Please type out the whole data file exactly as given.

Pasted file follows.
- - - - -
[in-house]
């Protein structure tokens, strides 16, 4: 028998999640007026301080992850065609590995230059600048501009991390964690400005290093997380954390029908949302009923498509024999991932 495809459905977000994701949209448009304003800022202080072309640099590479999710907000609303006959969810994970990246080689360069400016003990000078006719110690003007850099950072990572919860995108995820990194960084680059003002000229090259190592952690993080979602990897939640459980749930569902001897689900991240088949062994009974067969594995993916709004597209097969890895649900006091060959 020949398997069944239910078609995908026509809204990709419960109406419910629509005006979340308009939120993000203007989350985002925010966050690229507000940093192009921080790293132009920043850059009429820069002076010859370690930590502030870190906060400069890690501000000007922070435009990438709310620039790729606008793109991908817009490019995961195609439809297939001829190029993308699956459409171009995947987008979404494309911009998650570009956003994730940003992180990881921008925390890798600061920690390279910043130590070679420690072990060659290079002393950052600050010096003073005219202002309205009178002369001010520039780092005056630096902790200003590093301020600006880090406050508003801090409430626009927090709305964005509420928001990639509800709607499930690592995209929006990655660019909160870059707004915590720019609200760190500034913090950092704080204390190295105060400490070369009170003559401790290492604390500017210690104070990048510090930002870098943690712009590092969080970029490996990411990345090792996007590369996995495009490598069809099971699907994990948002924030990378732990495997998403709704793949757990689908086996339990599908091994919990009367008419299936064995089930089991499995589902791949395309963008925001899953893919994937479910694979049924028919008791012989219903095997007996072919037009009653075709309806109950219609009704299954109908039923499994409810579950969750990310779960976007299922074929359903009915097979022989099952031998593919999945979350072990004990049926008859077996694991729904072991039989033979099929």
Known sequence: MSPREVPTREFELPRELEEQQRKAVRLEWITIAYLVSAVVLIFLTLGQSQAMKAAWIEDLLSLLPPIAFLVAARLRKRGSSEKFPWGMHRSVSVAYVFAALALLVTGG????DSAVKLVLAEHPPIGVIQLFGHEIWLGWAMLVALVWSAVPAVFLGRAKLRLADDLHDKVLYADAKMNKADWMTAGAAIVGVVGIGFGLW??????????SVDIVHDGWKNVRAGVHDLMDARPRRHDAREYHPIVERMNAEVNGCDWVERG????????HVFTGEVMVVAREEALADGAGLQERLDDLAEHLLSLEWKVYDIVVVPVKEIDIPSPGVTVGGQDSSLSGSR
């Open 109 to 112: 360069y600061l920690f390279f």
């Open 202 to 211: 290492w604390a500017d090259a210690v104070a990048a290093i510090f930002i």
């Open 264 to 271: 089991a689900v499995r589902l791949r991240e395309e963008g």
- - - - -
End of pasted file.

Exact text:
[in-house]
């Protein structure tokens, strides 16, 4: 028998999640007026301080992850065609590995230059600048501009991390964690400005290093997380954390029908949302009923498509024999991932 495809459905977000994701949209448009304003800022202080072309640099590479999710907000609303006959969810994970990246080689360069400016003990000078006719110690003007850099950072990572919860995108995820990194960084680059003002000229090259190592952690993080979602990897939640459980749930569902001897689900991240088949062994009974067969594995993916709004597209097969890895649900006091060959 020949398997069944239910078609995908026509809204990709419960109406419910629509005006979340308009939120993000203007989350985002925010966050690229507000940093192009921080790293132009920043850059009429820069002076010859370690930590502030870190906060400069890690501000000007922070435009990438709310620039790729606008793109991908817009490019995961195609439809297939001829190029993308699956459409171009995947987008979404494309911009998650570009956003994730940003992180990881921008925390890798600061920690390279910043130590070679420690072990060659290079002393950052600050010096003073005219202002309205009178002369001010520039780092005056630096902790200003590093301020600006880090406050508003801090409430626009927090709305964005509420928001990639509800709607499930690592995209929006990655660019909160870059707004915590720019609200760190500034913090950092704080204390190295105060400490070369009170003559401790290492604390500017210690104070990048510090930002870098943690712009590092969080970029490996990411990345090792996007590369996995495009490598069809099971699907994990948002924030990378732990495997998403709704793949757990689908086996339990599908091994919990009367008419299936064995089930089991499995589902791949395309963008925001899953893919994937479910694979049924028919008791012989219903095997007996072919037009009653075709309806109950219609009704299954109908039923499994409810579950969750990310779960976007299922074929359903009915097979022989099952031998593919999945979350072990004990049926008859077996694991729904072991039989033979099929």
Known sequence: MSPREVPTREFELPRELEEQQRKAVRLEWITIAYLVSAVVLIFLTLGQSQAMKAAWIEDLLSLLPPIAFLVAARLRKRGSSEKFPWGMHRSVSVAYVFAALALLVTGG????DSAVKLVLAEHPPIGVIQLFGHEIWLGWAMLVALVWSAVPAVFLGRAKLRLADDLHDKVLYADAKMNKADWMTAGAAIVGVVGIGFGLW??????????SVDIVHDGWKNVRAGVHDLMDARPRRHDAREYHPIVERMNAEVNGCDWVERG????????HVFTGEVMVVAREEALADGAGLQERLDDLAEHLLSLEWKVYDIVVVPVKEIDIPSPGVTVGGQDSSLSGSR
């Open 109 to 112: 360069y600061l920690f390279f």
């Open 202 to 211: 290492w604390a500017d090259a210690v104070a990048a290093i510090f930002i």
């Open 264 to 271: 089991a689900v499995r589902l791949r991240e395309e963008g």